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Carbon markets and ESG

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Mining companies can further enhance their credit generating potential through a general decarbonisation strategy and improved operational efficiency. Image credit: Leon Louw for WhyAfrica.

Carbon markets and ESG

The mining industry is under increasing pressure, amidst growing concerns globally around climate change and the industry’s environmental and social impact.

By Joshua Kilani

Access to, and the cost of, capital is becoming more and more dependent on sustainability metrics as a growing number of investors demand projects that achieve multiple sustainable objectives.

The regulatory noose is also tightening, as evidenced by the sharp increase in the nascent South African carbon tax rate, which is a forewarning that the carbon tax regime will increase in its severity.

On the client side we are already seeing an increased demand by Original Equipment Manufacturers (OEMs) for less carbon intensive inputs. It is not unthinkable therefore that in future offtake-agreements the carbon intensity levels of mining output will be a contractual obligation, like grade and contaminants.

In extreme cases we are already seeing pressure applied, from the supplier side, with some service companies insisting on only partnering with aligned organisations.

Carbon markets aim to provide the financial incentive for businesses to reduce their carbon footprints, providing a pragmatic impetus towards improving ESG performance.

The first voluntary carbon markets were established in the 1990s, reaching an all-time market value of USD6.7-billion in 2021.

Companies within the mining industry can create additional revenue streams by leveraging the power of these markets and generating measurable atmospheric carbon removals from their operations which equate to tradeable carbon offset credits.

Credits for carbon markets

From an ESG perspective it is important to note however, that credits generated for carbon markets are only temporary solutions designed to smooth the corporate low-carbon transition, while inspiring innovation towards creating new ways of doing business as usual.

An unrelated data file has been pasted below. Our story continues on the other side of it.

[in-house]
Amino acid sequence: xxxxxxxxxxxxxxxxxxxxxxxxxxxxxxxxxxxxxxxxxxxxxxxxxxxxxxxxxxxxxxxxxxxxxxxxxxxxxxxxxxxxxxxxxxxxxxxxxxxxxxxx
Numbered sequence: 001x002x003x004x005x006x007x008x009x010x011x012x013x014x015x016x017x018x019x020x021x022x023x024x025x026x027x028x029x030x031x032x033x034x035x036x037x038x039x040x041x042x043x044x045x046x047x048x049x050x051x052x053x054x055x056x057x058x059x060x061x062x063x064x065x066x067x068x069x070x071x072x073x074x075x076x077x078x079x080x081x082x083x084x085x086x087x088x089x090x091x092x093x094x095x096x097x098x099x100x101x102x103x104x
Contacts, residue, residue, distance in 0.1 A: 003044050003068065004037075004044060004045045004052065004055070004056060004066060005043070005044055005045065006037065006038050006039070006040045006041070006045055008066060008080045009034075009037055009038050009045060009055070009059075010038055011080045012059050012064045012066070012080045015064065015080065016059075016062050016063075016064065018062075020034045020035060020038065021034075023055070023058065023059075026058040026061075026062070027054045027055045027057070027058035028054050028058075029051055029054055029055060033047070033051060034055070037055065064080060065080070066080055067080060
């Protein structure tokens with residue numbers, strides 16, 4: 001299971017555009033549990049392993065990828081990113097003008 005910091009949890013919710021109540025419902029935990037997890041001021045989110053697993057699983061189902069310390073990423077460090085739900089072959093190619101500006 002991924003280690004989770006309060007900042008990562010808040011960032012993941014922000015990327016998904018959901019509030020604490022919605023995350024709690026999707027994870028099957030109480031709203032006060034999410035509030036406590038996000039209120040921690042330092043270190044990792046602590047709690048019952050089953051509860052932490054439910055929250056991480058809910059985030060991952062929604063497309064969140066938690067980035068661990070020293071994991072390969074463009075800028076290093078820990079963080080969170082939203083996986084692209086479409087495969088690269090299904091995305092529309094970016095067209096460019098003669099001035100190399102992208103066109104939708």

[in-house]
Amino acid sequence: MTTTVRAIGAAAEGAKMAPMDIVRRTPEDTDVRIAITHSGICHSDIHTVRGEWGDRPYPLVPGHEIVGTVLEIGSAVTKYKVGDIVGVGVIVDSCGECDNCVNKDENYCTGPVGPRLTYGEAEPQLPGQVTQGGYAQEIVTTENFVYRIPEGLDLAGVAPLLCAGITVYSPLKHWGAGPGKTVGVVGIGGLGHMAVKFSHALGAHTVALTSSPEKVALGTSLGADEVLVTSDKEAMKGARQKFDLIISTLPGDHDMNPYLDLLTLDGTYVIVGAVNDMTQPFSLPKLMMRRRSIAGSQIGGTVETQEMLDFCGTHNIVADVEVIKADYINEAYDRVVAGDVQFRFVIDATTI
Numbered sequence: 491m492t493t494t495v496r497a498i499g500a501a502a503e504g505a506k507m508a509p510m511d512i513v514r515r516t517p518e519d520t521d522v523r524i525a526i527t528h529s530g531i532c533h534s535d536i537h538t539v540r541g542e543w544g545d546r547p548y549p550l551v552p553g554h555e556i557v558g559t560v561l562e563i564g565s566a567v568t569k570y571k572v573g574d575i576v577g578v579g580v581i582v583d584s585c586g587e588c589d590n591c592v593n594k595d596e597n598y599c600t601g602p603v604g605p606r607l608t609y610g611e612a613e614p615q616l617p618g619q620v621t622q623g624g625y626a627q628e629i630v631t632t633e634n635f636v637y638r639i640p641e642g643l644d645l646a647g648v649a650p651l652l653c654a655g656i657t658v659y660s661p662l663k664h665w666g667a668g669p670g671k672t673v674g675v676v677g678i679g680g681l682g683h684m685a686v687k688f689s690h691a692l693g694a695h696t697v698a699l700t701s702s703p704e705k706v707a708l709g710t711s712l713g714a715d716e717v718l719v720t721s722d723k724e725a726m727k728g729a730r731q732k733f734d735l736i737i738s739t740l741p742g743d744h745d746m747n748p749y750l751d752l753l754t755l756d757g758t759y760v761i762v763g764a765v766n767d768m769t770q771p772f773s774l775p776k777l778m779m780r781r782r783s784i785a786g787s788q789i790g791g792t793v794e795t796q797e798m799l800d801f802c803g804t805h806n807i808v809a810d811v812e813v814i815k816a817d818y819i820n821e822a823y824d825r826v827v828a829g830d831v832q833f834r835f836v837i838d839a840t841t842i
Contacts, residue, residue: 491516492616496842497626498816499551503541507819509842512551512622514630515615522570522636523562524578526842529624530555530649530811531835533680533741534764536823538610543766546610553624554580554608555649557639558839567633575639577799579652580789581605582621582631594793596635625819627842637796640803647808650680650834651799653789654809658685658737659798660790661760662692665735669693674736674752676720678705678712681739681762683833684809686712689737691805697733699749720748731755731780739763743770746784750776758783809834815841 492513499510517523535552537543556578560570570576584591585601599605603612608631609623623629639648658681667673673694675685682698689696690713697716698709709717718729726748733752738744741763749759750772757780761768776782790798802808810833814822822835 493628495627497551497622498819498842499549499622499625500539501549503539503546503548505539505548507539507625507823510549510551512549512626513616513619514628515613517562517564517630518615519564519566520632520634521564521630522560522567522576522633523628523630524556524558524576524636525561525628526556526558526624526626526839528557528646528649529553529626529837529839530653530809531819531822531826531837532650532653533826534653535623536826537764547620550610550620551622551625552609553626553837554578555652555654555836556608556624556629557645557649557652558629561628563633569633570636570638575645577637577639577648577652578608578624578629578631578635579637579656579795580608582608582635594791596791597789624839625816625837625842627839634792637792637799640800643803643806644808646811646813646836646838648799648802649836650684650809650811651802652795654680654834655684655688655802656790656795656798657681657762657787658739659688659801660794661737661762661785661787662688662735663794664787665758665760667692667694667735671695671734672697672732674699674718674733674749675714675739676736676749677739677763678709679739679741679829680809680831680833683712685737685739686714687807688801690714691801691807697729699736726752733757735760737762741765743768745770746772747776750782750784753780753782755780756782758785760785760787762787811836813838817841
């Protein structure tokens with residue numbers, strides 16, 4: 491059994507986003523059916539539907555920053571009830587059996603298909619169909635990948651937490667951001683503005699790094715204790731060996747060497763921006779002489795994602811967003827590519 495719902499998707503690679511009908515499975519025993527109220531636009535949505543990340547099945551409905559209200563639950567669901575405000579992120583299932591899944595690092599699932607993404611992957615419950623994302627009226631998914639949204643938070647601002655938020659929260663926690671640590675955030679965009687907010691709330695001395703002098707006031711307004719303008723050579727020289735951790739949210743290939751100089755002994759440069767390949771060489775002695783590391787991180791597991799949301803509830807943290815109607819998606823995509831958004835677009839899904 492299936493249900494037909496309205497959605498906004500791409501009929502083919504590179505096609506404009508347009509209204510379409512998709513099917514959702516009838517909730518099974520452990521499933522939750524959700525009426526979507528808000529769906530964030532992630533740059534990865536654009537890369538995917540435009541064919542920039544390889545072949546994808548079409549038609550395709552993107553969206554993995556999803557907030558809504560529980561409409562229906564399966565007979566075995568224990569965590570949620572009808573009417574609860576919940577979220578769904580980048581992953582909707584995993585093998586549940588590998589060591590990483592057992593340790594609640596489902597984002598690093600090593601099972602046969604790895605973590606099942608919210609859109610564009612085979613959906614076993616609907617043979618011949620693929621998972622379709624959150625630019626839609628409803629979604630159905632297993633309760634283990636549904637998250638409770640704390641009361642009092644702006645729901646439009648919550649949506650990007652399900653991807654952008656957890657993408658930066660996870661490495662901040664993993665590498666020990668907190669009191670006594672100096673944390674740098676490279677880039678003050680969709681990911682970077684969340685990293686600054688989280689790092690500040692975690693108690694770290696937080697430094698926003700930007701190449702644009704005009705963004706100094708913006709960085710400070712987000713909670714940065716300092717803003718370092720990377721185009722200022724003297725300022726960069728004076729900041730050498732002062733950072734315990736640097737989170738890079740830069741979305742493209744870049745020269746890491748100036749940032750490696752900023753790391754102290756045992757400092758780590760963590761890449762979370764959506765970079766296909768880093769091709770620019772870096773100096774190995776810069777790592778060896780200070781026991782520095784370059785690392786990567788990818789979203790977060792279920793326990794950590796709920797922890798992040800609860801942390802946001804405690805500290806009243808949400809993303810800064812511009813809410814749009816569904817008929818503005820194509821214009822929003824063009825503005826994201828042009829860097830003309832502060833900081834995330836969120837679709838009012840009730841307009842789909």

Currently, the voluntary carbon markets are supported by over 500 different global governance instruments, called standards, which ensure the quality of specific reduction metrics and create a platform for communication and co-ordination amongst market participants.

These markets are complex, presenting a wall of jargon, definitions and an overwhelming assemblage of carbon standards, methodologies, and certifications.

Carbon credit potential varies between different companies and there exists no one ready solution that can be applied for all types of mining operations, furthermore in some cases credit generation may even prove not to be economical. To properly value and validate decarbonisation potential therefore, a number of factors need to be considered, such as:

  • geographic location,
  • the license area,
  • commodity type,
  • processing requirements and
  • power sources used.

Notwithstanding these considerations, the mining industry offers some very exciting and unique crediting opportunities, especially around novel processing technologies, carbon capture and storage potential and large agricultural holdings within the license area.

In addition, the application of green energy alternatives such as solar panels, wind turbines, hydrogen fuel cells, electric vehicles, battery storage, metal recycling, biofuels and synfuels all offer substantial opportunities.

Companies in this space can further enhance their credit generating potential through a general decarbonisation strategy and improved operational efficiency.

Furthermore, any company embarking on infrastructural projects should seriously consider the adopting and incorporating of innovative design-led thinking, prior to their capital investment, in order to ensure that new developments are suitably structured for credit generation from the onset.

To realise the full value of these markets and avoid the inherent market risks requires the help of knowledgeable professionals who understand sustainability concepts and operations within the mining industry whilst also having the capacity to market and commercialise generated credits.

At XMS we understand that financial sustainability is a pre-requisite of true and holistic sustainability. We specialise in unlocking ESG value through innovation and the adoption of novel integrated solutions. Our tailor made, flexible path to decarbonisation is designed to integrate into existing operations and provide measurable economic value, assisting you in your transition from being carbon powered to being empowered through carbon.

Joshua Kilani is Managing Director at Xpotential Mining Services (XMS)

Joshua Kilani is Managing Director of Xpotential Mining Services (XMS). Image credit (XMS

Carbon markets and ESG

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 Carbon markets and ESG

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Sectors

AgricultureEnvironmental Management & Climate ChangeEnergyESGInfrastructureMiningPolitical EconomyTourism and ConservationWater Management